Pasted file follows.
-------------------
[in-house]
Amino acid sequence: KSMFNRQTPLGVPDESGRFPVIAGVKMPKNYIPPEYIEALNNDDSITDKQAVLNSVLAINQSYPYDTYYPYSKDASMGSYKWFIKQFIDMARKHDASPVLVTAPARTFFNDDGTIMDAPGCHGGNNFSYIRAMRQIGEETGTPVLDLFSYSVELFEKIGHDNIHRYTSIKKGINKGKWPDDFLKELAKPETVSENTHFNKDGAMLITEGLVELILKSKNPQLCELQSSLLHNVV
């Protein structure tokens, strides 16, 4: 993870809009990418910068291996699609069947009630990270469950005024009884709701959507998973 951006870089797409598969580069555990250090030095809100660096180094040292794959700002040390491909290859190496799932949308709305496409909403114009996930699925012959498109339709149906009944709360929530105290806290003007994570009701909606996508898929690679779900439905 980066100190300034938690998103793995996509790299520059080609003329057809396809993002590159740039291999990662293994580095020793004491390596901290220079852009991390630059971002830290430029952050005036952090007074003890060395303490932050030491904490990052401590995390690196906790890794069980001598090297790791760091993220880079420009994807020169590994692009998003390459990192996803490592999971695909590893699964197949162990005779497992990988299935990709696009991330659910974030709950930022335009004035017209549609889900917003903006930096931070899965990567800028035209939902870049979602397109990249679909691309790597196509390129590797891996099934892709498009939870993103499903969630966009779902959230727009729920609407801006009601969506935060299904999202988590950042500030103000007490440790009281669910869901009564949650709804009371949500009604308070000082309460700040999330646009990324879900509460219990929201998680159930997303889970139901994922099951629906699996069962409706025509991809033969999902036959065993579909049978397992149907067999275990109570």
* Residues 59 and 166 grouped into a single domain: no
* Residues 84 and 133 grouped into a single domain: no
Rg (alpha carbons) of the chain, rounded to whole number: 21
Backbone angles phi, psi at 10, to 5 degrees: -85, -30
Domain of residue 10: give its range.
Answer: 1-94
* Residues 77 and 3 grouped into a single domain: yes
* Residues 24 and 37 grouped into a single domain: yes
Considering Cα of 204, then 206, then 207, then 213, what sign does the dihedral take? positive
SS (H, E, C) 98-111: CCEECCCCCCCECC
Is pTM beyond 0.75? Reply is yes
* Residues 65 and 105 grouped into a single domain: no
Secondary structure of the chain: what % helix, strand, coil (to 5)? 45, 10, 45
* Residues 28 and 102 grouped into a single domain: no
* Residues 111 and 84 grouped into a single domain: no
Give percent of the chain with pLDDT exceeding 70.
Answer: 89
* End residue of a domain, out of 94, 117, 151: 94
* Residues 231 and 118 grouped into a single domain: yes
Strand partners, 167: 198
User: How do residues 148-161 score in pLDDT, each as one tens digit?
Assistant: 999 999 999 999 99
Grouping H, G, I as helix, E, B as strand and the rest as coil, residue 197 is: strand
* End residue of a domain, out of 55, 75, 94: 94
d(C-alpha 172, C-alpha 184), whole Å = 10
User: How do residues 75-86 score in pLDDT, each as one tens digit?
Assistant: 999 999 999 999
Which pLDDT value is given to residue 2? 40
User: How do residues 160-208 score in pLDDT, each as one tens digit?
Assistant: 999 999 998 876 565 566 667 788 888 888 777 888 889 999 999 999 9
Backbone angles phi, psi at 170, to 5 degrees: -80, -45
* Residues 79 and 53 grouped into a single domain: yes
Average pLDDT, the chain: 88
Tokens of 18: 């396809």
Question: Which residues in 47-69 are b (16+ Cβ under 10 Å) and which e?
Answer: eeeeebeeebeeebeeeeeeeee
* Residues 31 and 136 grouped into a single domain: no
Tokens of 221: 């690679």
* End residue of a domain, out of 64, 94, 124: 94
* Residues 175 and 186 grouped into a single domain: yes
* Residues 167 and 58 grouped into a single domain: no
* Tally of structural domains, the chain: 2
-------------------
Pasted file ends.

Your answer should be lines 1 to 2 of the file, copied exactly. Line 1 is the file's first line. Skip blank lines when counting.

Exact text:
[in-house]
Amino acid sequence: KSMFNRQTPLGVPDESGRFPVIAGVKMPKNYIPPEYIEALNNDDSITDKQAVLNSVLAINQSYPYDTYYPYSKDASMGSYKWFIKQFIDMARKHDASPVLVTAPARTFFNDDGTIMDAPGCHGGNNFSYIRAMRQIGEETGTPVLDLFSYSVELFEKIGHDNIHRYTSIKKGINKGKWPDDFLKELAKPETVSENTHFNKDGAMLITEGLVELILKSKNPQLCELQSSLLHNVV